boc2“To cut steel you have to burn oxygen and acetylene together at 3000 degrees centigrade”, said Barry Burke, Managing Director of BOC Gases Papua New Guinea.

Oxygen and acetylene, like the rest of the 165 chemicals sold by BOC, are gases. They are manufactured at BOC’s main plant in Lae, stored in reuseable cylinders and distributed to users throughout PNG. BOC also stocks the welding machines with which the gases are used and even the safety boots and other protective clothing that a welder has to wear.

Their main business, though, is the gases themselves. With a brand new K1.5 million acetylene plant, BOC is one of PNG’s major manufacturers and a source of employment and training for local engineers.

“The new acetylene plant was installed by our own local engineers”, said Barry. “We import the raw materials, calcium carbide and acetone, and make the gas right here.”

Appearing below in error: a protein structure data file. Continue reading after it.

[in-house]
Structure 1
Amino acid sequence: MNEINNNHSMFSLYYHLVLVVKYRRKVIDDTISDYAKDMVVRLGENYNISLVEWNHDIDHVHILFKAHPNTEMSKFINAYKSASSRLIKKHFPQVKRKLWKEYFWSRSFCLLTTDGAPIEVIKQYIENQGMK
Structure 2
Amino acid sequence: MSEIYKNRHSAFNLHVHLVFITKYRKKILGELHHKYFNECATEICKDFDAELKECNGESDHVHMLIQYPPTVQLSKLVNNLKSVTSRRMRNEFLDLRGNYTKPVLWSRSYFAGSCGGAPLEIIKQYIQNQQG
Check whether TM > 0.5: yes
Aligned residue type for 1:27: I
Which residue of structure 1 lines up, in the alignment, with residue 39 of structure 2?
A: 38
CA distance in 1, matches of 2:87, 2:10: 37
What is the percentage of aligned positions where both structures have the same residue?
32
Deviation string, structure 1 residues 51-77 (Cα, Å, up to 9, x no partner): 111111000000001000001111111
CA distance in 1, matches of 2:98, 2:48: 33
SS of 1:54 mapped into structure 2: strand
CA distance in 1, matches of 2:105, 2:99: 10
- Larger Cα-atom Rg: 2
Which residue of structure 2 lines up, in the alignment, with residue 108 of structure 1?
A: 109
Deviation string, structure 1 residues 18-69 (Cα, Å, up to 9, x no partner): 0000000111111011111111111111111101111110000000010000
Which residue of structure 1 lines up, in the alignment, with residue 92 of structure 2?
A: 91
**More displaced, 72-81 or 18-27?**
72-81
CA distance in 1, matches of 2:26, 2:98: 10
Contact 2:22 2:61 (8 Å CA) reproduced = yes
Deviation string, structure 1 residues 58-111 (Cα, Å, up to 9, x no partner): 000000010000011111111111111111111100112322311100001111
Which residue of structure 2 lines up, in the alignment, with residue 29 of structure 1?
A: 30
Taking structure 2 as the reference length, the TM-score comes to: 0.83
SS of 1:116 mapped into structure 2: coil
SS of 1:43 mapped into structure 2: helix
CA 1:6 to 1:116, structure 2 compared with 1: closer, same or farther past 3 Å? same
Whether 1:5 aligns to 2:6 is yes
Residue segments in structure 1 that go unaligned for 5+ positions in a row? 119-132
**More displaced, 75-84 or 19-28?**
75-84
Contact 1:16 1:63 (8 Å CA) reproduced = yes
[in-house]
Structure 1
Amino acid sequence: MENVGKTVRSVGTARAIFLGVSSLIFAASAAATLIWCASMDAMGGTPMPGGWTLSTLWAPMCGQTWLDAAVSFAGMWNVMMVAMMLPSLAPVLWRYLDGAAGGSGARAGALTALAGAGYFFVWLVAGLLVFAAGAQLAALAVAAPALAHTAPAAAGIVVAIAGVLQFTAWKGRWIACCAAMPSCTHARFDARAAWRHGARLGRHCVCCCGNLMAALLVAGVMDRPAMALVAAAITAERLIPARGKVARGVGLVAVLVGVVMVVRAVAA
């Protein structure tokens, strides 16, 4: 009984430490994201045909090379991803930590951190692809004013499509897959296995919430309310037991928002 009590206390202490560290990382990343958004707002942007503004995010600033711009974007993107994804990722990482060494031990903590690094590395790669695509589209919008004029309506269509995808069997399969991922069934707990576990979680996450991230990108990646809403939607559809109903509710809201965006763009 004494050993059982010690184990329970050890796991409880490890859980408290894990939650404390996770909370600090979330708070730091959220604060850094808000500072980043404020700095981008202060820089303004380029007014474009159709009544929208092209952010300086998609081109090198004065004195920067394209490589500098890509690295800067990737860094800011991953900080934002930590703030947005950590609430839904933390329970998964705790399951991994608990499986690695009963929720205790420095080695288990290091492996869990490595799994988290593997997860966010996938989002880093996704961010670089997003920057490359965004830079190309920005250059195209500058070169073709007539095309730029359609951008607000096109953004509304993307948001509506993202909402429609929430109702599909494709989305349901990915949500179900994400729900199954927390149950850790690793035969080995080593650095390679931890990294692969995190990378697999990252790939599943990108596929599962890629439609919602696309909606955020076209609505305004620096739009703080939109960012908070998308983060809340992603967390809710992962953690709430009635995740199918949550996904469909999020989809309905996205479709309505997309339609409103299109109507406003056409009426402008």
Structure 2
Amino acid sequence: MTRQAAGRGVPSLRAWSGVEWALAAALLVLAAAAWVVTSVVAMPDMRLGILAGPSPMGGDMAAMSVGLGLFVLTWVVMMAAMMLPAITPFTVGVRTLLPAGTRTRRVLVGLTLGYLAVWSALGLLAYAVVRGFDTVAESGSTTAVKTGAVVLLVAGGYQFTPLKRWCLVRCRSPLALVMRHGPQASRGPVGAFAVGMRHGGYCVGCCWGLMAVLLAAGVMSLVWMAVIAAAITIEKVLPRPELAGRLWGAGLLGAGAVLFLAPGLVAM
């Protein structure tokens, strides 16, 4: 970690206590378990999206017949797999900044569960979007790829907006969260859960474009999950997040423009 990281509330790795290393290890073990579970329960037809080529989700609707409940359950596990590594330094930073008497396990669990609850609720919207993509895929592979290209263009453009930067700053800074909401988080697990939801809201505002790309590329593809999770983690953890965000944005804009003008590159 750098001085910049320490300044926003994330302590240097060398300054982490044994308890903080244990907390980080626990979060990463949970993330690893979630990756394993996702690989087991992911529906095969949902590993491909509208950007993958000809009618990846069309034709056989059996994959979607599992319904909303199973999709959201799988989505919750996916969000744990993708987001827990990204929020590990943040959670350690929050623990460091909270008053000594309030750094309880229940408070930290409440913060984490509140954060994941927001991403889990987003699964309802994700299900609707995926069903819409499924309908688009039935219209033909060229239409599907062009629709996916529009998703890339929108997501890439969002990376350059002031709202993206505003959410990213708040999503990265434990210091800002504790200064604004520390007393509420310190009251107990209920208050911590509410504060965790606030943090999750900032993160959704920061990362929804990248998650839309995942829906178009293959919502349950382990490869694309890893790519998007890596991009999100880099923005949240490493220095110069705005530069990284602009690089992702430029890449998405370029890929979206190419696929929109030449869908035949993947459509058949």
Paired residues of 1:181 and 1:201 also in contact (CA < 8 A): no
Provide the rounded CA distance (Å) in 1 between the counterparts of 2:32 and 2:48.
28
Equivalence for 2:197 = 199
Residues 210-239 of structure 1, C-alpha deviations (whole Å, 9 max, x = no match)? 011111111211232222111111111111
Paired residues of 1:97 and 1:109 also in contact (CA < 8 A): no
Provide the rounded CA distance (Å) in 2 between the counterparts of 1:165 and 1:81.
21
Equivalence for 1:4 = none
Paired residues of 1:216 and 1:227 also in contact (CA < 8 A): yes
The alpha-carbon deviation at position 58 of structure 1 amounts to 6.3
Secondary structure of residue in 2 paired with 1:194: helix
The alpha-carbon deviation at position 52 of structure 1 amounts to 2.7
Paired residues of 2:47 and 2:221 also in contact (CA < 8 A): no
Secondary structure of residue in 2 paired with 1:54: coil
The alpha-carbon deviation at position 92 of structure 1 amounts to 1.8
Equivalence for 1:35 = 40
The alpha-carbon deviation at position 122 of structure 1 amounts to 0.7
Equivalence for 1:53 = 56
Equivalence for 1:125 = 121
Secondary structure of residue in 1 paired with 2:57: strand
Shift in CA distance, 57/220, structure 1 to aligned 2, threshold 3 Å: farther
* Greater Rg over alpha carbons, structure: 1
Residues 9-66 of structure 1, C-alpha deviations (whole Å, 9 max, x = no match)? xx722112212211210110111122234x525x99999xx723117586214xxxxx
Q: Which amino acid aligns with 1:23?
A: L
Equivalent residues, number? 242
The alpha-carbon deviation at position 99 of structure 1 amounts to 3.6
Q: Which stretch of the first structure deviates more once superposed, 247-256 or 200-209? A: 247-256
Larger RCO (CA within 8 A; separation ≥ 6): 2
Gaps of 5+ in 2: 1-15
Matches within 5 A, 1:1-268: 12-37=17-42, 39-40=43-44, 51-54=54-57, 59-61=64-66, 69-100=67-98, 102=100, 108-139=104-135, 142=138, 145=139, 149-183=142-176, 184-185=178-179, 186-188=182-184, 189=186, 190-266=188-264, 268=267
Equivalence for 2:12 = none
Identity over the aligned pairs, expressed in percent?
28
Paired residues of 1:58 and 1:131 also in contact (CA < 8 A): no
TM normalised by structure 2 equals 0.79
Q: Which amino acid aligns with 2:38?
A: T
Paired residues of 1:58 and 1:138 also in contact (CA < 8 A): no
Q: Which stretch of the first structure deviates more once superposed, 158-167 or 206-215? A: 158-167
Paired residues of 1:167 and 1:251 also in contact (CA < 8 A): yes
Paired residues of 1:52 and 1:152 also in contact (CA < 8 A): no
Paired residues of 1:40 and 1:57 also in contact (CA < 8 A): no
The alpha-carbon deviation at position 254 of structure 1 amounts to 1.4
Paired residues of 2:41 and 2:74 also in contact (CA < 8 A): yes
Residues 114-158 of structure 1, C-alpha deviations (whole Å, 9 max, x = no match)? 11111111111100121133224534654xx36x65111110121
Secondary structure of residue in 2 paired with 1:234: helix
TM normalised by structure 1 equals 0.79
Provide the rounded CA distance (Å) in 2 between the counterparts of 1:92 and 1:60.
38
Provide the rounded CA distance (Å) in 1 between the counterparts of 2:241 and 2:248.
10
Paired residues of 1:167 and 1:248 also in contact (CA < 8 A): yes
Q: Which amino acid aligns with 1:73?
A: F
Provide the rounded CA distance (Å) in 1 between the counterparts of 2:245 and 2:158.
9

boc3Members of the general public not directly involved in activities like welding may be surprised to find how many gases are in everyday use in PNG – and how many of them are supplied by BOC.

“We stock LPG, which stands for liquefied petroleum gas, from Australia. That’s the gas that’s used for cooking. We also import medical oxygen and nitrous oxides for hospitals, sell helium for weather balloons and nitrogen for inflating the tyres of earth-moving equipment. We have lots of carbon dioxide which is the fizz in soft drinks and is also used in fire extinguishers, and we have just started stocking boc1a new gas with a really nice smell which is made from tea-tree oil. Called ‘Bactigas’, it fights air-borne fungus and bacteria and can be injected into the air-conditioning units of hospitals and offices.”

‘Bactigas’ is only the most recent of the long list of mostly invisible, intangible but potent substances which are BOC’s stock-in-trade and which are increasingly in demand as PNG takes further steps towards industrial development.